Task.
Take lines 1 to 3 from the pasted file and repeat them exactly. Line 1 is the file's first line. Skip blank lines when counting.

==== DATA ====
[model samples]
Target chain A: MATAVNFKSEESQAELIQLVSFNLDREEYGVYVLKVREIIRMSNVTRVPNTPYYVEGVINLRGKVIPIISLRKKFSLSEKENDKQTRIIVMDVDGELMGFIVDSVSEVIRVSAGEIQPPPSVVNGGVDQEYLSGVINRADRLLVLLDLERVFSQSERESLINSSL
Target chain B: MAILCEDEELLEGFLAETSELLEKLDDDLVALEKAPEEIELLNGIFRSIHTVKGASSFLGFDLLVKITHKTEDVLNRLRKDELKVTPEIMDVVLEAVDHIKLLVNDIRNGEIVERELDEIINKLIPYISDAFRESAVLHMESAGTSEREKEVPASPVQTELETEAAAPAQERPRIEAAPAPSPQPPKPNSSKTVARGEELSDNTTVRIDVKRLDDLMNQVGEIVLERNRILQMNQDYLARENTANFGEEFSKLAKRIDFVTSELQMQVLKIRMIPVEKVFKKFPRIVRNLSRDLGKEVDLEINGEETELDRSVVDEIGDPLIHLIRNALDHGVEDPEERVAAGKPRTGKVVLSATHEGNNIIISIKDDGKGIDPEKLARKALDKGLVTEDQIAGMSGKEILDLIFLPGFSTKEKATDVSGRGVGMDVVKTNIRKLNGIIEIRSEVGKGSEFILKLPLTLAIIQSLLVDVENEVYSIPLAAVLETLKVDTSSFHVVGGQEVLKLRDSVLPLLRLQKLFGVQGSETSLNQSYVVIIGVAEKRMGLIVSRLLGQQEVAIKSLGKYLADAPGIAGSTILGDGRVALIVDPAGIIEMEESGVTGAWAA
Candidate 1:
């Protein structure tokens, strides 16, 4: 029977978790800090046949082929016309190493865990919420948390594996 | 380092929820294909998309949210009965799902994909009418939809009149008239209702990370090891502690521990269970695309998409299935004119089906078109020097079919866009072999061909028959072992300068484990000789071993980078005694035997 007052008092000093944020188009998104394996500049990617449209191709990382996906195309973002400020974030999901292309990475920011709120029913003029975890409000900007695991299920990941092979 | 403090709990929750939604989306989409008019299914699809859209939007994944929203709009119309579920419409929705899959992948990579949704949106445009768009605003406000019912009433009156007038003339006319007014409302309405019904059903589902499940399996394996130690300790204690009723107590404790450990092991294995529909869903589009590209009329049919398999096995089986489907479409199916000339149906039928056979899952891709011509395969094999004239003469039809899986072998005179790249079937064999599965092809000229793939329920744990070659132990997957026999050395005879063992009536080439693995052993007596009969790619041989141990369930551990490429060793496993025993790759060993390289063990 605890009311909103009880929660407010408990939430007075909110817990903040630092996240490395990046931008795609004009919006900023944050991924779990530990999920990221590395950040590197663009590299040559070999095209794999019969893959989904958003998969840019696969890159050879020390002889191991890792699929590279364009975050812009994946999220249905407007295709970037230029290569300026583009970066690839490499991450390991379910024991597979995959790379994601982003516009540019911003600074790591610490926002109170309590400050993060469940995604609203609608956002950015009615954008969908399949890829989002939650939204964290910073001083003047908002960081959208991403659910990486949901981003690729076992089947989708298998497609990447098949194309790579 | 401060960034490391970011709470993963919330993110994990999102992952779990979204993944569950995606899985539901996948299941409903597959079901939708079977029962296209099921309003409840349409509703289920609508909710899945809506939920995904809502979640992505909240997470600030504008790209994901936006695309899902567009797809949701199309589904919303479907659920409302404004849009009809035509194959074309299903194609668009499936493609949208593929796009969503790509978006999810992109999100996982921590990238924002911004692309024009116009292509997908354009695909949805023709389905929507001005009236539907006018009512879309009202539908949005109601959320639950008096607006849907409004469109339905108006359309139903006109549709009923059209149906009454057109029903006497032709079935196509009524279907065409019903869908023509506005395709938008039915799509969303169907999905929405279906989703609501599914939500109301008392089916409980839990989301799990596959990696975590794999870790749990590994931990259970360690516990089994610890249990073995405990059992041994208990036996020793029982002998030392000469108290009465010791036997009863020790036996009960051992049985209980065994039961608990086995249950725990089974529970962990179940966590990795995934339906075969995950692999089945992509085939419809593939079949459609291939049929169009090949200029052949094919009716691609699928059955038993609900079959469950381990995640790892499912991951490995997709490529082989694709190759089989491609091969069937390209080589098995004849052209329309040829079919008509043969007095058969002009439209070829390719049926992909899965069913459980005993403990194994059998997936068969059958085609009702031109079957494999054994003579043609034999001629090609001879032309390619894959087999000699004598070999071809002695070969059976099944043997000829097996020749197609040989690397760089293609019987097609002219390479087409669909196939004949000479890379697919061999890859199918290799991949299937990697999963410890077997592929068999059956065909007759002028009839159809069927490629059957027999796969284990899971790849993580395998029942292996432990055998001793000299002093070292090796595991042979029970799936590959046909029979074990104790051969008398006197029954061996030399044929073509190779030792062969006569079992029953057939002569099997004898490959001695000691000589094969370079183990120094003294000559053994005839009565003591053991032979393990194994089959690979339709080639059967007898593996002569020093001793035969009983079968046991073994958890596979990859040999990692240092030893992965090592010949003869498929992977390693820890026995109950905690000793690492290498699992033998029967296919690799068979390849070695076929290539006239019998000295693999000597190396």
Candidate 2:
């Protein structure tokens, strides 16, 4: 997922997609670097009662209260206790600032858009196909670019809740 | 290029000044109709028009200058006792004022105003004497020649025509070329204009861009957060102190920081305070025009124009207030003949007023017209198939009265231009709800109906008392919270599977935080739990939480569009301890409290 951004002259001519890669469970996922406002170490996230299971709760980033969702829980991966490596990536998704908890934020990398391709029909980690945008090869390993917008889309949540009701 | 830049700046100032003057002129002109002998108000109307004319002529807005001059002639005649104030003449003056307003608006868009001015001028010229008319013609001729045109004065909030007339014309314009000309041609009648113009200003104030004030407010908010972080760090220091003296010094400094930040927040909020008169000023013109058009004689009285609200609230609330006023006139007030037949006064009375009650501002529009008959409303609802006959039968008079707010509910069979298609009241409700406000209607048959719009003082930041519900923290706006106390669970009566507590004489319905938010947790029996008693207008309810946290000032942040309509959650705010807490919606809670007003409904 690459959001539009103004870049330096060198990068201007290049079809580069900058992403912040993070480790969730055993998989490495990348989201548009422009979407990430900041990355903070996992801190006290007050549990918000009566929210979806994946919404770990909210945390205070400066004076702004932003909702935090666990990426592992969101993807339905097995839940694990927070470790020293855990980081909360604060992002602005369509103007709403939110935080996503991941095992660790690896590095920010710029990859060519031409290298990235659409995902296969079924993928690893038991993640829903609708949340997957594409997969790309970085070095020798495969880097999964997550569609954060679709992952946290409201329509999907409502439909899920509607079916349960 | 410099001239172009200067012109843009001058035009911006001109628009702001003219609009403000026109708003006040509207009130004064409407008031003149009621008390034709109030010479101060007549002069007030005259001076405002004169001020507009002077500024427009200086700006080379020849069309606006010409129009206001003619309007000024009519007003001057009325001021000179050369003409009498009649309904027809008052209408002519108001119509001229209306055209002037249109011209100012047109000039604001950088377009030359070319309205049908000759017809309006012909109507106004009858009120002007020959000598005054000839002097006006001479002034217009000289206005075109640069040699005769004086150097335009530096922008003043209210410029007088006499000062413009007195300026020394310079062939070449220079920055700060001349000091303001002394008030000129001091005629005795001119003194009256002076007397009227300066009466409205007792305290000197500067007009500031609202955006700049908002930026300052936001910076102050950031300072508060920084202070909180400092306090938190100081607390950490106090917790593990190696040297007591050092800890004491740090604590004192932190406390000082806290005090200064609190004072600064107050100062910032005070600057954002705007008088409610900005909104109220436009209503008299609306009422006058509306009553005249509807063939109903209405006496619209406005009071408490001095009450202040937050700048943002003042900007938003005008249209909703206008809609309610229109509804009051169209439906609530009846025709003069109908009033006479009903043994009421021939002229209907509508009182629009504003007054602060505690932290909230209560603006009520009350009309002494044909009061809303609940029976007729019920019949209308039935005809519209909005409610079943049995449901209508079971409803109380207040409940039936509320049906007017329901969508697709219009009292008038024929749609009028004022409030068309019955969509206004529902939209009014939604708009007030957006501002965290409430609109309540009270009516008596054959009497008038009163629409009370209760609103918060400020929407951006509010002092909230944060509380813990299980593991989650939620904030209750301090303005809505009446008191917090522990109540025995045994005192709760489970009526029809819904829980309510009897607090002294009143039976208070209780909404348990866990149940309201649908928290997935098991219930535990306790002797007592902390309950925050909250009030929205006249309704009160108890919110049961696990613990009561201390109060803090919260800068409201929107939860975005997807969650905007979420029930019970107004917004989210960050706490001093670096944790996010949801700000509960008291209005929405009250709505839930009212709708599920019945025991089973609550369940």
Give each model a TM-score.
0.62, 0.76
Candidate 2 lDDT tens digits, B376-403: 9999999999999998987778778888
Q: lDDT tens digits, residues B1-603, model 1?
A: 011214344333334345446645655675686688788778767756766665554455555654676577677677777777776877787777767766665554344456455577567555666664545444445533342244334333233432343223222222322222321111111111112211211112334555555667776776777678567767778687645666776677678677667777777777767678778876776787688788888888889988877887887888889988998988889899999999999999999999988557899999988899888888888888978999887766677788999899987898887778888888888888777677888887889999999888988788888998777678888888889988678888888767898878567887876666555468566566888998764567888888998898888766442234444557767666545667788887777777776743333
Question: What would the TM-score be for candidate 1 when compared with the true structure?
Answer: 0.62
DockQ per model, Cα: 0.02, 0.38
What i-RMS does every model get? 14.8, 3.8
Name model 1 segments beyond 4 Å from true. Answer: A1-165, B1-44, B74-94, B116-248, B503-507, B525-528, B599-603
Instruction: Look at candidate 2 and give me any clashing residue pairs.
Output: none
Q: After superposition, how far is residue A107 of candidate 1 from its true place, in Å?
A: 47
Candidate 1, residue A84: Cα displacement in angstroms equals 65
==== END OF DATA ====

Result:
[model samples]
Target chain A: MATAVNFKSEESQAELIQLVSFNLDREEYGVYVLKVREIIRMSNVTRVPNTPYYVEGVINLRGKVIPIISLRKKFSLSEKENDKQTRIIVMDVDGELMGFIVDSVSEVIRVSAGEIQPPPSVVNGGVDQEYLSGVINRADRLLVLLDLERVFSQSERESLINSSL
Target chain B: MAILCEDEELLEGFLAETSELLEKLDDDLVALEKAPEEIELLNGIFRSIHTVKGASSFLGFDLLVKITHKTEDVLNRLRKDELKVTPEIMDVVLEAVDHIKLLVNDIRNGEIVERELDEIINKLIPYISDAFRESAVLHMESAGTSEREKEVPASPVQTELETEAAAPAQERPRIEAAPAPSPQPPKPNSSKTVARGEELSDNTTVRIDVKRLDDLMNQVGEIVLERNRILQMNQDYLARENTANFGEEFSKLAKRIDFVTSELQMQVLKIRMIPVEKVFKKFPRIVRNLSRDLGKEVDLEINGEETELDRSVVDEIGDPLIHLIRNALDHGVEDPEERVAAGKPRTGKVVLSATHEGNNIIISIKDDGKGIDPEKLARKALDKGLVTEDQIAGMSGKEILDLIFLPGFSTKEKATDVSGRGVGMDVVKTNIRKLNGIIEIRSEVGKGSEFILKLPLTLAIIQSLLVDVENEVYSIPLAAVLETLKVDTSSFHVVGGQEVLKLRDSVLPLLRLQKLFGVQGSETSLNQSYVVIIGVAEKRMGLIVSRLLGQQEVAIKSLGKYLADAPGIAGSTILGDGRVALIVDPAGIIEMEESGVTGAWAA